2 October – Memorial for The Guardian Angels
The term “guardian angels” refers to the belief that each soul has an angel who is available to shepherd the soul through life, and help bring them to God.
Belief in the reality of angels, their mission as messengers of God, and Man’s interaction with them, goes back to the earliest times. Cherubim kept Adam and Eve from slipping back into Eden; angels saved Lot and helped destroy the cities of the plains; in Exodus Moses follows an angel, and at one point an angel is appointed leader of Israel. Michael is mentioned at several points, Raphael figures large in the story of Tobit, and Gabriel delivered the Annunciation of the coming of Christ.
The concept of each soul having a personal guardian angel, is also an ancient one, and long accepted by the Church:
“See that you despise not one of these little ones [children]: for I say to you, that their angels in heaven always see the face of my Father who is in heaven.” – Jesus, Matthew 18:10
“How great the dignity of the soul, since each one has from his birth an angel commissioned to guard it.” – St. Jerome in his commentary on Matthew
“Are they not all ministering spirits, sent to minister for them, who shall receive the inheritance of salvation?” – Hebrews 1:14
The feast, celebrating the angels who helped bring us to God, began in many local calendars centuries ago, and was widely known by the 16th century. Pope Paul V placed a feast venerating the angels on the general calendar on 27 September 1608. Ferdinand of Austria requested that it be extended to all areas in the Holy Roman Empire.
Initially placed after the feast of Michael the Archangel, it was seen as a kind of supplement to that date. Pope Clement X elevated the feast, celebrated on 2 October, to an obligatory double for the whole Church. On 5 April 1883, Pope Leo XIII raised the feast to the rank of a double major.
– Patron Saint Index
“O angel of God, my guardian dear, to whom whose love commits me here. Ever this day be at my side, to rule and guard, to light and guide. Amen.” – Prayer to our guardian angel
Job broke the silence and cursed the day of his birth. This is what he said:
May the day perish when I was born,
and the night that told of a boy conceived.
Why did I not die new-born,
not perish as I left the womb?
Why were there two knees to receive me,
two breasts for me to suck?
Had there not been, I should now be lying in peace,
wrapped in a restful slumber,
with the kings and high viziers of earth
who build themselves vast vaults,
or with princes who have gold and to spare
and houses crammed with silver.
Or put away like a still-born child that never came to be,
like unborn babes that never see the light.
Down there, bad men bustle no more,
there the weary rest.
Why give light to a man of grief?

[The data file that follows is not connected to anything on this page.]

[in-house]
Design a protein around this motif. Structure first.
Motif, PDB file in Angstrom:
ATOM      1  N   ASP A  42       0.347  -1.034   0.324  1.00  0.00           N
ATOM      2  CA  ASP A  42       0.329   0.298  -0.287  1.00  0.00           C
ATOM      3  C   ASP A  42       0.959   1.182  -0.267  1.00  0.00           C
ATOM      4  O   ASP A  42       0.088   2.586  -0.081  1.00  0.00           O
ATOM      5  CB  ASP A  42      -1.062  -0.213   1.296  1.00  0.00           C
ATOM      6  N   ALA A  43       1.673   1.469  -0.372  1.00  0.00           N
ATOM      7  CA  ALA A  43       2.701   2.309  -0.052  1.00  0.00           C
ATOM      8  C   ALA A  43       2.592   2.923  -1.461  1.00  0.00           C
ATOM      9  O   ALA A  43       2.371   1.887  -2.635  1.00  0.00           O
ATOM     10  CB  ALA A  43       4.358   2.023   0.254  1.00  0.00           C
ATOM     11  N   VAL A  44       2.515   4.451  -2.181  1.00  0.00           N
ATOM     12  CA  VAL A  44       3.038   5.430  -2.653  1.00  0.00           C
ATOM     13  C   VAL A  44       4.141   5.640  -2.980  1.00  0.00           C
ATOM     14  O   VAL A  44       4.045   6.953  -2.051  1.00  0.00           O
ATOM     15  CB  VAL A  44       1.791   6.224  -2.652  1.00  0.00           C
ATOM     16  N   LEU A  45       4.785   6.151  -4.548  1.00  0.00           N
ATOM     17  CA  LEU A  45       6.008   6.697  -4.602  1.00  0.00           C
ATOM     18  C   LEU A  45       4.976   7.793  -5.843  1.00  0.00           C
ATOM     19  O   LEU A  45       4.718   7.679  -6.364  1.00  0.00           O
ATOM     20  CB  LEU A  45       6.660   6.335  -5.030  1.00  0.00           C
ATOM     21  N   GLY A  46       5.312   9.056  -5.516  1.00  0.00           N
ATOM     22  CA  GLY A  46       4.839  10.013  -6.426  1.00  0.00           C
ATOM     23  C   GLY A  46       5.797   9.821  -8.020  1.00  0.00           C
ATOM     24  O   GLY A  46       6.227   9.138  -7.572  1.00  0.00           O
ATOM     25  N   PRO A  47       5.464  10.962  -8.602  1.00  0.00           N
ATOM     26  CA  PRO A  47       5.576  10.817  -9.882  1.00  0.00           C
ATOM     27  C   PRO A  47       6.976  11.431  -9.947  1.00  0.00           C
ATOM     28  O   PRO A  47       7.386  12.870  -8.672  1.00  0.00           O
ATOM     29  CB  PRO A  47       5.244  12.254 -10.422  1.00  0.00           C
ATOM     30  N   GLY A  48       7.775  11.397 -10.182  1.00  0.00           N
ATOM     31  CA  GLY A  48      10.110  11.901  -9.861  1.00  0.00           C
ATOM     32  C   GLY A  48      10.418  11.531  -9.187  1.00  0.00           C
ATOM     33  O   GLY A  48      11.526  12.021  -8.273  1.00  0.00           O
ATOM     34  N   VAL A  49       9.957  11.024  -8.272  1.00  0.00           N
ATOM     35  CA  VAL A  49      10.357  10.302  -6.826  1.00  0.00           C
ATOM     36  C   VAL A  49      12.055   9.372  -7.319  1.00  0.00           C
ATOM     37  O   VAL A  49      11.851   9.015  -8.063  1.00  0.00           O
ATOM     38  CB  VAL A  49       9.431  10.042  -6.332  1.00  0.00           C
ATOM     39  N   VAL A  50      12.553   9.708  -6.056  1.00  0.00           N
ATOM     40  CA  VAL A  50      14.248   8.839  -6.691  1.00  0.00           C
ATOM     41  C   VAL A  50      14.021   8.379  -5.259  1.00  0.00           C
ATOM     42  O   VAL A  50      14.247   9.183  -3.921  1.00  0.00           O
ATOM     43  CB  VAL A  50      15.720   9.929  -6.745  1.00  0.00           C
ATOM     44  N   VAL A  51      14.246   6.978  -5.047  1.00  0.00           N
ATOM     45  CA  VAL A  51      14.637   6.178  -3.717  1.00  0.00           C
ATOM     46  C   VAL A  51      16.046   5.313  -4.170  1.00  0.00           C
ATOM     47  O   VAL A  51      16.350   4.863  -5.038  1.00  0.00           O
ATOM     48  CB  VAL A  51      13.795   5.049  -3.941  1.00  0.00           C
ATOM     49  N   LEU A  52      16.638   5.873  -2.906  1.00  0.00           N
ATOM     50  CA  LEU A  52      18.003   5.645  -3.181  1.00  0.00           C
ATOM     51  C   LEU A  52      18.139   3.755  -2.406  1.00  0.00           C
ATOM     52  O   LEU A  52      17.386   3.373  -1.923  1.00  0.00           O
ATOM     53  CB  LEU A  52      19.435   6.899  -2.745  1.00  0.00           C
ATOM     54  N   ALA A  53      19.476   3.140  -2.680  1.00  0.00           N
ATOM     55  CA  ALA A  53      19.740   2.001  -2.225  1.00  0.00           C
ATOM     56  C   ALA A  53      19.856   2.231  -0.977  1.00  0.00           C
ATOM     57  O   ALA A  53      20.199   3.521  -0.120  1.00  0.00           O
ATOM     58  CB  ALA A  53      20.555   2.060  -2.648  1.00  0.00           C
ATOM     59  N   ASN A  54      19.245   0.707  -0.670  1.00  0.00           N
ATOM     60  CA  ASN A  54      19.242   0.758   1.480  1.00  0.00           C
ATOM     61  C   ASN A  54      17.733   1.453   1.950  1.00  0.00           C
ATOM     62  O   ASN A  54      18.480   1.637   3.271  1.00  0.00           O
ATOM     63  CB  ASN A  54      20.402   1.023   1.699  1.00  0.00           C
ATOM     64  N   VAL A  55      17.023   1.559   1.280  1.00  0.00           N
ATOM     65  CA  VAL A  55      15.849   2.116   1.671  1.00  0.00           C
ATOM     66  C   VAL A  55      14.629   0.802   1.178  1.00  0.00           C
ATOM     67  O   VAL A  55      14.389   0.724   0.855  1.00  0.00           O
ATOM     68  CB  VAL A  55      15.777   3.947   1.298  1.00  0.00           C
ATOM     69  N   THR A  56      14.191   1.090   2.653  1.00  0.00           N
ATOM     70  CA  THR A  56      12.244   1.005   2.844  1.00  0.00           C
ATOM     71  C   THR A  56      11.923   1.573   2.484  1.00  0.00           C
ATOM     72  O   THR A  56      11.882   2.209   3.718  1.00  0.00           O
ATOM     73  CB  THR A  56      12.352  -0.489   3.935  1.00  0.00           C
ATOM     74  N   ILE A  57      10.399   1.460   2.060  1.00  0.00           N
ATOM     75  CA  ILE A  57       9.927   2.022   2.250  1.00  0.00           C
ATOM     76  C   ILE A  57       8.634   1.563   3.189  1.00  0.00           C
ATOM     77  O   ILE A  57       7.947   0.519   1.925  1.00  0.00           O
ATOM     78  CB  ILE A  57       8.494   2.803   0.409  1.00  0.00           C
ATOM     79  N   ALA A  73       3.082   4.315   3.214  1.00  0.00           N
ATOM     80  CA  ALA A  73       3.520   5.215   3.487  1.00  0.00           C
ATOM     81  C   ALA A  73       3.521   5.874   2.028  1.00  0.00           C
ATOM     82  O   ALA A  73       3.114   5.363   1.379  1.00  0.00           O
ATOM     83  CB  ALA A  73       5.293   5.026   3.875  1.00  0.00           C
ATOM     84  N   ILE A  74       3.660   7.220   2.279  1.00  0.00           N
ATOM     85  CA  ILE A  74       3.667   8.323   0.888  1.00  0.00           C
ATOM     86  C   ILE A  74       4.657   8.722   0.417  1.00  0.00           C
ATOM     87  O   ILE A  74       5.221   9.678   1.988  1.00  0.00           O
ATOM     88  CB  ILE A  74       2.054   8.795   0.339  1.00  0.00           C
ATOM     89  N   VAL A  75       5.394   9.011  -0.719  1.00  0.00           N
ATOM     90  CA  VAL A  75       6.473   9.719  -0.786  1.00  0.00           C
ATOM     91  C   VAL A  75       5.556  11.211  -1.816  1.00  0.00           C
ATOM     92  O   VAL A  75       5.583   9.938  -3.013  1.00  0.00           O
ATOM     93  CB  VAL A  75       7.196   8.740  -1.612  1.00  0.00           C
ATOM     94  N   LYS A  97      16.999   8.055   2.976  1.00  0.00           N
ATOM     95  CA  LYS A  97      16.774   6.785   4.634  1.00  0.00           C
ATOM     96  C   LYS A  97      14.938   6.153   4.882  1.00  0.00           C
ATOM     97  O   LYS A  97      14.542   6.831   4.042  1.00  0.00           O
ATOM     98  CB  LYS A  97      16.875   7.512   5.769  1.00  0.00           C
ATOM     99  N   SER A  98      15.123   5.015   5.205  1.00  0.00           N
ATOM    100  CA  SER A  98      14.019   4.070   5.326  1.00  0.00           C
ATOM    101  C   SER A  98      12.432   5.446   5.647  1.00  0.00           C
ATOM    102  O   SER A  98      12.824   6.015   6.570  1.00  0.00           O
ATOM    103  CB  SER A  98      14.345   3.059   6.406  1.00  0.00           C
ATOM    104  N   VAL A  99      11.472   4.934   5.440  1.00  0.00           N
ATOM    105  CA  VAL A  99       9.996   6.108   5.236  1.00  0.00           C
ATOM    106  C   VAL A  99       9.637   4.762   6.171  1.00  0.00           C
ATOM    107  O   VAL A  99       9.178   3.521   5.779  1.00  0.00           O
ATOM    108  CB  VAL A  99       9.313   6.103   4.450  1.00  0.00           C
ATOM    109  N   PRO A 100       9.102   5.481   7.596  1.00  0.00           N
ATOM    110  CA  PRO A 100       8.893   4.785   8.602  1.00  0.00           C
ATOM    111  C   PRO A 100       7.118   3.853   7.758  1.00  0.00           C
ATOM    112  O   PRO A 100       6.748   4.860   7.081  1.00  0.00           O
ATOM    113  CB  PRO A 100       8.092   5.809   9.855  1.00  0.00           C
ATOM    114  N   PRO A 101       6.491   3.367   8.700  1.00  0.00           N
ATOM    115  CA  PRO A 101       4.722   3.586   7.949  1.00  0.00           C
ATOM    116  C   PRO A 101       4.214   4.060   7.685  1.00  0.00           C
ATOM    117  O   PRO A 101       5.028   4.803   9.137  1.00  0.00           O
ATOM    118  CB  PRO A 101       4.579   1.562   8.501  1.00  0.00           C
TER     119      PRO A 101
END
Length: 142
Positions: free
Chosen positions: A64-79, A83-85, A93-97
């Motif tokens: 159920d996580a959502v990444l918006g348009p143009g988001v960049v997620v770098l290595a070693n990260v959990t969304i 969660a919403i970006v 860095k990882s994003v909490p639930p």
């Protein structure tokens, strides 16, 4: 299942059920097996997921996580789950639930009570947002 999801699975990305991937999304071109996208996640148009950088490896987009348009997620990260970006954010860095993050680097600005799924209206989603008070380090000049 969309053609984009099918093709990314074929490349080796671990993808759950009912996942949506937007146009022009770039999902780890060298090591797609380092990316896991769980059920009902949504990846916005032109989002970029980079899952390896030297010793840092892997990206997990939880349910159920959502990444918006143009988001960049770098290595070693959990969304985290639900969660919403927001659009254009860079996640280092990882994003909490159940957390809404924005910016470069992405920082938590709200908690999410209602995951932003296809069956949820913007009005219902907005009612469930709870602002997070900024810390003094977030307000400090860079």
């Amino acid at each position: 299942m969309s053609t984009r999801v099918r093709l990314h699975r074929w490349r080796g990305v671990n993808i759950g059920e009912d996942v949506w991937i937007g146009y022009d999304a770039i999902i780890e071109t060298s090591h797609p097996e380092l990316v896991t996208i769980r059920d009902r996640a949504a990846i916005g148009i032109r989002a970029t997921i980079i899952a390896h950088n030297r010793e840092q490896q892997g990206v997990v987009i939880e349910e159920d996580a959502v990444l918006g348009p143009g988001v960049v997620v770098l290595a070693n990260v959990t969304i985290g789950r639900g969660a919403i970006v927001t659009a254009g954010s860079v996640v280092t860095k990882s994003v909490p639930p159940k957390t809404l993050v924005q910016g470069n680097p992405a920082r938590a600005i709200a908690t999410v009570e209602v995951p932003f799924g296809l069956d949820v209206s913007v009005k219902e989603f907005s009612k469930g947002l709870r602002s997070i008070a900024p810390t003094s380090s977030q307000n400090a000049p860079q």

Why give life to those bitter of heart,
who long for a death that never comes,
and hunt for it more than for a buried treasure?
They would be glad to see the grave-mound
and shout with joy if they reached the tomb.
Why make this gift of light to a man who does not see his way,
whom God baulks on every side?
The disciples came to Jesus and said, ‘Who is the greatest in the kingdom of heaven?’ So he called a little child to him and set the child in front of them. Then he said, ‘I tell you solemnly, unless you change and become like little children you will never enter the kingdom of heaven. And so, the one who makes himself as little as this little child is the greatest in the kingdom of heaven.
‘Anyone who welcomes a little child like this in my name welcomes me. ‘See that you never despise any of these little ones, for I tell you that their angels in heaven are continually in the presence of my Father in heaven.’
And he said: “Truly I tell you, unless you change and become like little children, you will never enter the kingdom of heaven.”
I’m repeatedly astounded by how quickly young children learn new things. Their enthusiasm, energy, fresh starting points, and willingness to learn are so very infectious; a recipe for success. This process of learning continues as children progress through their formal education — they have teachers and coaches to show them the way, bringing out latent potential and refining them in the crucible of hard work.
I have noticed that all this changes once we become adults. We get caught up with life, and we feel that we can be our own teachers. In my experience, this isn’t very effective. Just as God guides us through prayer, we need people to learn from, to emulate, and to be inspired by. And just as we seek such people to mentor us, we too can be coaches and mentors to others.
What is this all premised on? It stems from being responsible stewards of the gifts God has blessed us with. It draws strength from the wisdom and experiences from within our communities. It builds bonds of friendship and mutual love. It gives us all a chance to foster human flourishing in God’s name.
We’re never too old nor too experienced to know everything. And whatever we do now that is meaningful and good is worth sharing. Let us all be guardian angels to our fellowmen, young and old.
(Today’s OXYGEN by Shaun Mathew)
Prayer: Dearest God, allow us to see all opportunities to lift up others. Bless us with unwavering commitment and gentleness of spirit.
Thanksgiving: Thank you Father for the voices in our lives. May we relinquish our pride and be satiated by their wisdom.